didn't want to go to Serbia. They made us sing Chetnik songs and told us from that day we were not Albanians any more. Sing in Serb, they told us.

When we got to Pozharevac, it was late at night. The guards tortured us when we got there. They beat us in a long corridor of guards with clubs. They beat the children and old men just like everyone else. I was put in a cell with many men. Finally a friend there gave me some shoes to wear.

I never had a lawyer, not once. I don't know why I was in prison. The ICRC came twice. I was very scared the whole time and there wasn't enough to eat, I lost one half my weight. Even now, after I have been home two months, I am still scared. My wrists are scarred from the handcuffs, but my back is healed.

One boy is still there and I am afraid he will die. I worry about it all the time. We could never wash. There was no heat and hardly any food. My neighbor died from the torture. One day the guards came in November. They called me and some other minors and sent us into isolation cells. Four of us in each one. We thought now we would die.

On November 18, they searched us and said we were terrorists, KLA, they insulted us. They brought us clothes and said put them on. Then on the 19th, they took us to a bus. We didn't know where we were going, but we thought maybe to be executed. There were 21 of us on the bus. They drove us to the border. We got off and they insulted us some more and then said "walk."

We started walking across the border and finally ICRC came andthe KFOR searched us. That's how we found out we were released. It was on November 19, 1999. ICRC brought me home. Now I'm back in school in the eighth grade.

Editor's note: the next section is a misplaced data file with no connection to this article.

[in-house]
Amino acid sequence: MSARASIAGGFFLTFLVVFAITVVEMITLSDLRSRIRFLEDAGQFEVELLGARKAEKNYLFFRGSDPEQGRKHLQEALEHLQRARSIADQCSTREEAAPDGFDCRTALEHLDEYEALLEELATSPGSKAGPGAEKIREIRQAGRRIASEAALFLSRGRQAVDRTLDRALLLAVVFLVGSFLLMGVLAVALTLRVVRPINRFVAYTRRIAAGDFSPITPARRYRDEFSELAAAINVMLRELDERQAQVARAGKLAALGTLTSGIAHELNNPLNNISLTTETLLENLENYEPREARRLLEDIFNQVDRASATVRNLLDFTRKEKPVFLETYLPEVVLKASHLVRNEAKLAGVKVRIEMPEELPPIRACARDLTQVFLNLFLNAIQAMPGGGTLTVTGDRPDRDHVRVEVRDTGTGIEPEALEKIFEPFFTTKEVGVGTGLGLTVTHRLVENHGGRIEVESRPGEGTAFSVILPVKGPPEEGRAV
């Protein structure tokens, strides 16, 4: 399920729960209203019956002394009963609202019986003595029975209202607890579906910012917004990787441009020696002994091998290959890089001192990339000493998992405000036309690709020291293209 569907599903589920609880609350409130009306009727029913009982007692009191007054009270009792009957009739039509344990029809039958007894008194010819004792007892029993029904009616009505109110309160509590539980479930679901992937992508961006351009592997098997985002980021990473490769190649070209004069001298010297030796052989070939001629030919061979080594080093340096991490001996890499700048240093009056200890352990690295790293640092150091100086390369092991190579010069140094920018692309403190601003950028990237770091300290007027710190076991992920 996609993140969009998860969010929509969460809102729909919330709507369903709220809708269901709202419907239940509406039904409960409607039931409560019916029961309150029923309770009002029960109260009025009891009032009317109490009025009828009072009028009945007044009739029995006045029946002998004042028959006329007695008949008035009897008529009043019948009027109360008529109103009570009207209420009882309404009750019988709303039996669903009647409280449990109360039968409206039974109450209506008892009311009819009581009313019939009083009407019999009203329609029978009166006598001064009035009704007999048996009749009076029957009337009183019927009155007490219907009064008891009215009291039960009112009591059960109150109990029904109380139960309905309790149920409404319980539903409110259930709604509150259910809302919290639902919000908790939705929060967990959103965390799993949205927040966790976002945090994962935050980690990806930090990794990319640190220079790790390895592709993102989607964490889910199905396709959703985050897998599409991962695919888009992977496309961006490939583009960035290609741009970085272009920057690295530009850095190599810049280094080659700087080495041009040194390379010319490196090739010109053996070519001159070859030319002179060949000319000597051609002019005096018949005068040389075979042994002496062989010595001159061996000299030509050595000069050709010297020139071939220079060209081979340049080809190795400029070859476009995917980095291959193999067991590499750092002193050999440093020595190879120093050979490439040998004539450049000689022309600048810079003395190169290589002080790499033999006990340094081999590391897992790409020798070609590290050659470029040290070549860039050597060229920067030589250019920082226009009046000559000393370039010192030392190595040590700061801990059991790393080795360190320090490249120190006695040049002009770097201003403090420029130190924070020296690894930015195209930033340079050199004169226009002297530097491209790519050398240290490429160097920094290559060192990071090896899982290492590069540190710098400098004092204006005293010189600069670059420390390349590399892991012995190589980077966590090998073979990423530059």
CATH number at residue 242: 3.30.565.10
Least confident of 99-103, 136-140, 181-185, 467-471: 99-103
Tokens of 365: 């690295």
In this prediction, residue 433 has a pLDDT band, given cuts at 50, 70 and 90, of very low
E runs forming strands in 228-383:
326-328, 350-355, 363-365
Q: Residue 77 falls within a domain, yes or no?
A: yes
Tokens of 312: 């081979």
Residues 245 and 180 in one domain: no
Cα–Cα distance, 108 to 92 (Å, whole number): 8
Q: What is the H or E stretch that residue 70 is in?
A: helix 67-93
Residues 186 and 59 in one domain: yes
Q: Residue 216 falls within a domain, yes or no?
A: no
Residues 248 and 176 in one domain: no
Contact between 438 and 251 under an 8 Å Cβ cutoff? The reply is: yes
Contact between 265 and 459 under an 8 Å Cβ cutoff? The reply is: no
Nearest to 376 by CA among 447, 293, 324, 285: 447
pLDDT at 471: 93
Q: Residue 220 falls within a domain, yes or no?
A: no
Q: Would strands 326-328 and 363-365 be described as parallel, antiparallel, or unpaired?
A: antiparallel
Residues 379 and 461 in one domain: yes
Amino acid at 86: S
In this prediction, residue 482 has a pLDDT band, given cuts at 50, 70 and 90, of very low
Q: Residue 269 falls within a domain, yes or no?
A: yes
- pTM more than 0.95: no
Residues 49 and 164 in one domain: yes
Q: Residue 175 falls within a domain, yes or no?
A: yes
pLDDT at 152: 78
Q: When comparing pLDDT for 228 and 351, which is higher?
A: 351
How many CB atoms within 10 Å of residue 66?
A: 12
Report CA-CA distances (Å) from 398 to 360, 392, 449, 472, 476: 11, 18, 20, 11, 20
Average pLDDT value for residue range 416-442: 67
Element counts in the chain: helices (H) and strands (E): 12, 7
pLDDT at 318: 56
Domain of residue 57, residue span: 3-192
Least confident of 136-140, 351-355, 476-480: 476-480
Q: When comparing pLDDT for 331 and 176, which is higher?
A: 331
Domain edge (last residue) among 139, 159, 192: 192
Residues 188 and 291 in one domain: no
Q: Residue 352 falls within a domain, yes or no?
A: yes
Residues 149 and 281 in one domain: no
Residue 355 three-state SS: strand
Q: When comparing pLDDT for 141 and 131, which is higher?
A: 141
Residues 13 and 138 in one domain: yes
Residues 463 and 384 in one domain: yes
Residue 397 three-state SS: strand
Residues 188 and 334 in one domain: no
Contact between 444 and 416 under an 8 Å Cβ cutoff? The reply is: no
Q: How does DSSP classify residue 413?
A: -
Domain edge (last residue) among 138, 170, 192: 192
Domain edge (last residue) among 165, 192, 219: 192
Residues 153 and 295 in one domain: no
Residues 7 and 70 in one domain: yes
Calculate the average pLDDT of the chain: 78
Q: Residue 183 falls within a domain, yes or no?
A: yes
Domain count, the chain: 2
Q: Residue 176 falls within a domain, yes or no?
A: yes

Shtrumbullova Village, Gllogoc
Arrested age 14 yrs.on May 28, 1999 at home

That day the police came to the village, 320 men were arrested from our village. Many were from other villages staying here because their homes were destroyed. I have four other brothers. My father was trying to hide all of us in different places so the soldiers wouldn't see us all at once.

At five a.m., the police surrounded the village. We heard their voices outside. I was with my father in the house. They took us outside. They tortured my father there, 3 or 4 of them. They took our money and my mother's jewelry and made her stand against the wall and put her hands on the wall and stay there. I wanted to put my shoes on but they wouldn't let me.

The police took me and my father to the Gllogoc police station. That's where we were tortured the most. They hit us with metal bars and a baseball bat mostly on the back and arms. You can see the big bruises on my arm where they hit me seven months ago. These big bruises, the doctor here said they are thrombosis. The bruises are where they hit me with the metal bars. They hit me on the back of the head too with a Kalishnikov rifle with my father watching. I sat down on the floor because I was so tired and they hit me for that.